Stackless Python, Tail Recursion and Functional Programming
beno
zope at thewebsons.com
Sun Jan 12 04:50:05 CET 2003
Thank you for your tutorial! I'll study it in detail and put it to practice.
beno
At 11:51 PM 1/11/2003 +0000, you wrote:
>On Sat, 11 Jan 2003 01:18:05 -0400, beno <zope at thewebsons.com> wrote:
>(edit)
> >Someone wrote me from this list advising me to drop my passion for
> >functional programming because Python doesn't optimize for it.
>
>Wait a minute! Don't "drop your passion" just yet! I was the one
>that told you that CPython does not optimize for tail-recursion. But
>"Tail-recursion" is not the whole of "functional programming".
>
>These two are found together in the LISP world, but a language that
>does not optimize for tail-recursion is not precluded from having
>functional programming elements.
>
>Tail-recursion is just a looping construct. Instead of using
>tail-recursion for looping, just use a "while" or "for" loop.
>
># ######################################### #
>
>import operator
>
>def factorial_forloop(n):
> x = 1L
> for i in xrange(1, n + 1):
> x *= long(i)
> return x
>
>def factorial_tailloop(n):
> if n == 0: return 1L
> return long(n) * factorial_tailloop(n - 1)
>
>def factorial_functional(n):
> return reduce(
> operator.mul,
> range(1, n + 1),
> 1 )
>
>def print_functions(*functions):
> def g(n):
> for f in functions:
> r = f(n)
> print '%s(%i) = %r' % (f.__name__, n, r)
> return g
>
>p = print_functions(
> factorial_forloop,
> factorial_functional,
> factorial_tailloop )
>
>p(0)
>p(1)
>p(2)
>p(3)
>p(4)
>p(5)
>p(20)
>p(50)
>p(1000)
>
># ######################################### #
>
>On my machine, "factorial_forloop" handles 1000 just fine, and
>"factorial_tailloop" blows up with a
>"RuntimeError: maximum recursion depth exceeded"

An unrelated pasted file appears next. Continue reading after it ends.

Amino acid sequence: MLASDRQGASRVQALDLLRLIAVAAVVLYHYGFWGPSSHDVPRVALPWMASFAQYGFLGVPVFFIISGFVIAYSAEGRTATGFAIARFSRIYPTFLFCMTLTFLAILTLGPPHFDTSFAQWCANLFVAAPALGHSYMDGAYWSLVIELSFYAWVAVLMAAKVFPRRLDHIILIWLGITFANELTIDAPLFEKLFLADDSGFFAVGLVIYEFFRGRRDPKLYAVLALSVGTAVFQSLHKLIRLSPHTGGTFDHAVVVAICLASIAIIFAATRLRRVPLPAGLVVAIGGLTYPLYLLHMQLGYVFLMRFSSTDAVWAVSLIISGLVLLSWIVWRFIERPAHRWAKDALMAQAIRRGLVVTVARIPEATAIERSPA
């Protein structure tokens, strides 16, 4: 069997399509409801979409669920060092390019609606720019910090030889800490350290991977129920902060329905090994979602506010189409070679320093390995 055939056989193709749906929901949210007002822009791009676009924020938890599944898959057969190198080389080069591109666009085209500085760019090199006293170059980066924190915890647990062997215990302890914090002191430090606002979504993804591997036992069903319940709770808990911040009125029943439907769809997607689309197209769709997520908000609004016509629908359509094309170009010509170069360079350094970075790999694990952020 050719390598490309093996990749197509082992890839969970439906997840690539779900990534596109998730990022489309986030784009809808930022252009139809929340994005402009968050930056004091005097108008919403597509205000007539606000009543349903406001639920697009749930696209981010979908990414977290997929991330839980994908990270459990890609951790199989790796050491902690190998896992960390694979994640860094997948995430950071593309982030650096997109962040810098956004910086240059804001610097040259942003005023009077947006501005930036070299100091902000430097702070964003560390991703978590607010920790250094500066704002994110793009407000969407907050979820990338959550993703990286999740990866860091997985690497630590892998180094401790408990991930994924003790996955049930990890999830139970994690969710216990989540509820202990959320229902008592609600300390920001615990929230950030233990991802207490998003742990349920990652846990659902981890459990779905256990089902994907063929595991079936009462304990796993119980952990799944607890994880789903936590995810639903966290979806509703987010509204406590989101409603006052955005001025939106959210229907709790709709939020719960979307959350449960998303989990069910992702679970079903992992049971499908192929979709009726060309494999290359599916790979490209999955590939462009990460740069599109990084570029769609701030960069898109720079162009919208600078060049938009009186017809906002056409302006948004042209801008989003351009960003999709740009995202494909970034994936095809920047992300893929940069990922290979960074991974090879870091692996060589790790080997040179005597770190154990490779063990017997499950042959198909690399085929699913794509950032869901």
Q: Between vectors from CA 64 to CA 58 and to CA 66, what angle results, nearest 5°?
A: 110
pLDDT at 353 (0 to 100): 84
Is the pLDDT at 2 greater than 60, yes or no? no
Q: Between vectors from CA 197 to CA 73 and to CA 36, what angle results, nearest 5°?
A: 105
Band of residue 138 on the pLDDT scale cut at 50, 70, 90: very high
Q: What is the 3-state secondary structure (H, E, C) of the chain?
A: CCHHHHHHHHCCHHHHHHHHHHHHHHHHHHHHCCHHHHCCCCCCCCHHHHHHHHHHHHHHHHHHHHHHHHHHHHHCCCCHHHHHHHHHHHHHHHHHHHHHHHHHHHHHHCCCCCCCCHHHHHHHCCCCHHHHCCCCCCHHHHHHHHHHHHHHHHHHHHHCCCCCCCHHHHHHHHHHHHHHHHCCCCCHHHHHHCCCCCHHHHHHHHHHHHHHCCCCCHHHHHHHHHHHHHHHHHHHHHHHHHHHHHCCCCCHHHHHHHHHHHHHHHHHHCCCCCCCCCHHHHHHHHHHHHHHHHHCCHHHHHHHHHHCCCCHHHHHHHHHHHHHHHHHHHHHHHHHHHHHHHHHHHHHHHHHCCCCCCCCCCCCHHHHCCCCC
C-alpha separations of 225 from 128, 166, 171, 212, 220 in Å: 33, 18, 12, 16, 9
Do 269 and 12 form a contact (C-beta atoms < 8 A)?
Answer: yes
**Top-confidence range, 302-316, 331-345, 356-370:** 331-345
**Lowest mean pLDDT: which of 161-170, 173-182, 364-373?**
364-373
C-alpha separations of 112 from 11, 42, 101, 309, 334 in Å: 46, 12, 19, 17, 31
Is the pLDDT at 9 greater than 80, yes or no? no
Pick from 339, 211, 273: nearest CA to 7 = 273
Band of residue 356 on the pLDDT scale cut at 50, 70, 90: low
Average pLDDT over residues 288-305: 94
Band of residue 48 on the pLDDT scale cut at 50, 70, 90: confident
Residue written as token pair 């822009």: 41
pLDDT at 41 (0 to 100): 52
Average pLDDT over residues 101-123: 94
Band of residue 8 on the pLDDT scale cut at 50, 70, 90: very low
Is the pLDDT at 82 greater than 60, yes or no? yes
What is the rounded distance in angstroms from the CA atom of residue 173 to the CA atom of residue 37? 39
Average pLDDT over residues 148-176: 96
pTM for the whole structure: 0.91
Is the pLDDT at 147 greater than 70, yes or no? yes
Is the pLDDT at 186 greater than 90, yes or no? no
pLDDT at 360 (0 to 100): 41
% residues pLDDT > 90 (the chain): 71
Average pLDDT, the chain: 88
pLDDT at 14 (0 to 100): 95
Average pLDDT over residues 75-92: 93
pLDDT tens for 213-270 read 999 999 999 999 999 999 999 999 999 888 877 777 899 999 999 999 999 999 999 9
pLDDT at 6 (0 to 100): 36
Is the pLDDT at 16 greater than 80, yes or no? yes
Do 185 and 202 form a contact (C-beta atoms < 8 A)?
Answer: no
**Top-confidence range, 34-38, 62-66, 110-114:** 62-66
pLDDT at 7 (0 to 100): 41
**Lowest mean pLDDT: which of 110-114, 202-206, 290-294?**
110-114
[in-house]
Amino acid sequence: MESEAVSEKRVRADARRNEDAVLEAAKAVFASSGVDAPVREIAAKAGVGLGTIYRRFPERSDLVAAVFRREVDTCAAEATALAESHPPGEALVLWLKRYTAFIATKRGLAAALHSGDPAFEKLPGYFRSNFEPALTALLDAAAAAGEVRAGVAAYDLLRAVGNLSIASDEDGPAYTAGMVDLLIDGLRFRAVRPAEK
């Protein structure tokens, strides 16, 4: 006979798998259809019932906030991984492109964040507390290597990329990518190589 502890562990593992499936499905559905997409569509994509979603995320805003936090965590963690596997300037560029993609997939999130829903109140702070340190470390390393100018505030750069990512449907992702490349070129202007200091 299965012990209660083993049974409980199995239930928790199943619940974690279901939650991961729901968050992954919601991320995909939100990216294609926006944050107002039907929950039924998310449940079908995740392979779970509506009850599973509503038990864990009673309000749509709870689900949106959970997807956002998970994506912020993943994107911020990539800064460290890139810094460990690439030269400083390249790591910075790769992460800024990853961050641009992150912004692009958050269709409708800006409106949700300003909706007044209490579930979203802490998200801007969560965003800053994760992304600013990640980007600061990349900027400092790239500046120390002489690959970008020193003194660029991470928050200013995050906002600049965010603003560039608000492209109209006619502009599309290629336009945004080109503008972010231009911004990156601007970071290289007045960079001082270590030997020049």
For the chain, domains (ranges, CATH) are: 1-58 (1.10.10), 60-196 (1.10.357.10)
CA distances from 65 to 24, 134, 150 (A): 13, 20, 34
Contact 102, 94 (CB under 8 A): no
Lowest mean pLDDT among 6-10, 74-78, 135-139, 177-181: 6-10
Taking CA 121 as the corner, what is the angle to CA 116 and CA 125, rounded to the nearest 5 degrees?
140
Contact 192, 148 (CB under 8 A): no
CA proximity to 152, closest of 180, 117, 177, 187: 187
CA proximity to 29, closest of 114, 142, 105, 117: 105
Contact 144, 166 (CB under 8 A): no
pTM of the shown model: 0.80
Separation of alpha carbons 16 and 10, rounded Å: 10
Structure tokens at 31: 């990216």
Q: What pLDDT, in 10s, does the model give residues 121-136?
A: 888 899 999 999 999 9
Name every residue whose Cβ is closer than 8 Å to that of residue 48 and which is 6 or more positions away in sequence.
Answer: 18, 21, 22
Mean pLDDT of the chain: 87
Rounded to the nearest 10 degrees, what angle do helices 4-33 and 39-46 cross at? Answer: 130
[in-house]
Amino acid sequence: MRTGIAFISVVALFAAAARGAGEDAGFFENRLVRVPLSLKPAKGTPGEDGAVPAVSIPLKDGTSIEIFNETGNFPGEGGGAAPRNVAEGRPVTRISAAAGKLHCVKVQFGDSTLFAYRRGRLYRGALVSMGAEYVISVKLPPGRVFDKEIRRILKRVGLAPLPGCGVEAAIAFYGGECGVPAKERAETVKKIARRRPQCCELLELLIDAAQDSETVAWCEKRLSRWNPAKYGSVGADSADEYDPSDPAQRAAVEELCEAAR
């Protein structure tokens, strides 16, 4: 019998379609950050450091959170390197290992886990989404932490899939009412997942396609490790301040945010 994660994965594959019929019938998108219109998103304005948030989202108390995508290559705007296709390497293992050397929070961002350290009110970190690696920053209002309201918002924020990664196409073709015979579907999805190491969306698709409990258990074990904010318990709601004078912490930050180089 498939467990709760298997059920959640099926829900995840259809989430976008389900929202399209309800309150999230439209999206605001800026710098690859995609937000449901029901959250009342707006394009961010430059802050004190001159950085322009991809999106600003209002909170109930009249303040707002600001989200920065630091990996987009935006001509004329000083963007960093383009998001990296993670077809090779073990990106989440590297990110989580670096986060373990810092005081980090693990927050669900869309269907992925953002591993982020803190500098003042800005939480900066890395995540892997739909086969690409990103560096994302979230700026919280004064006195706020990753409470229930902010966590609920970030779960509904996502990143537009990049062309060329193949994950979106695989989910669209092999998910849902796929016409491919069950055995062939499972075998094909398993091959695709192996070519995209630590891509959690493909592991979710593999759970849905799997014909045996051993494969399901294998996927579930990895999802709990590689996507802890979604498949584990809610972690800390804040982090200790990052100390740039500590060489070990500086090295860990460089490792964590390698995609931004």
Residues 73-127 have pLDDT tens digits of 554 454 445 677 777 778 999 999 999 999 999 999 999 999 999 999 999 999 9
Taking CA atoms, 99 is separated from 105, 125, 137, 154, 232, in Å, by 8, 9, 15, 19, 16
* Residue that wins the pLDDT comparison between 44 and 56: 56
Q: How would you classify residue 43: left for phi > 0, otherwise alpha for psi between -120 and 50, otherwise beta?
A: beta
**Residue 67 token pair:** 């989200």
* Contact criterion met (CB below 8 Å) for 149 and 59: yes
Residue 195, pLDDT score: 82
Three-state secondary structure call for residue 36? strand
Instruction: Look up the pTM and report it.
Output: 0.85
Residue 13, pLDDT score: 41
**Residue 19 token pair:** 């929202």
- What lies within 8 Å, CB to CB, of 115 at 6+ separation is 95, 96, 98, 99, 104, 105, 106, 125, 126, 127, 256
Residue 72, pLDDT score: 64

>
>If CPython optimized tail-recursion, we would expect
>"factorial_forloop" and "factorial_tailloop" to have similar
>performance.
>
>But that doesn't mean you can't use recursive algorithms in Python.
>Beyond fully optimized tail-recursion, Python handles general
>recursion just as efficiently as any language.
>
>Anyway, getting back to "functional programming"...
>
>A loose definition of "functional programming" is:
>
> Typing in the description of a computation,
> and getting the answer
> without needing to specify any procedure to get that
> answer.
>
>More or less.
>
>Some trickier stuff left out of the definition above:
>
> We can programmatically manipulate these descriptions of
> computations.
>
> As above, we can just describe these manipulations, we don't
> need to specify the procedure to do these manipulations.
>
> The output of our computations can be another description!
> To start the whole thing over again!
>
>Python has some functional programming abilities:
>
>"factorial_functional" shows one functional programming approach to
>factorial. I don't specify any loop, it is implied by "reduce". This
>one also runs just fine for 1000.
>
>Some Python built-ins that are taken from the functional programming
>world are: lambda, map, apply, reduce, filter.
>
>Also list comprehensions:
>
> [ x * 10 for x in range(50) if (x % 3) == 1 ]
>
>Instead of:
>
> list0 = []
> x = 0
> while x < 50:
> if (x % 3) == 1:
> list0.append(x * 10)
> x += 1
>
>I learned functional programming in Mathematica. The language that
>seems to be on the forefront of functional programming is Haskell. I
>have no experience with Haskell.
>
>I would assume there are "tricky" things you can do in Haskell that
>you cannot do in Python without creating your own Python
>implementation of Haskell.
>
>If there is something cool in Haskell you wish you could do in Python,
>the people in comp.lang.python will give you a way to do it, if it can
>be done in Python.
>
>Manuel
>--
>http://mail.python.org/mailman/listinfo/python-list
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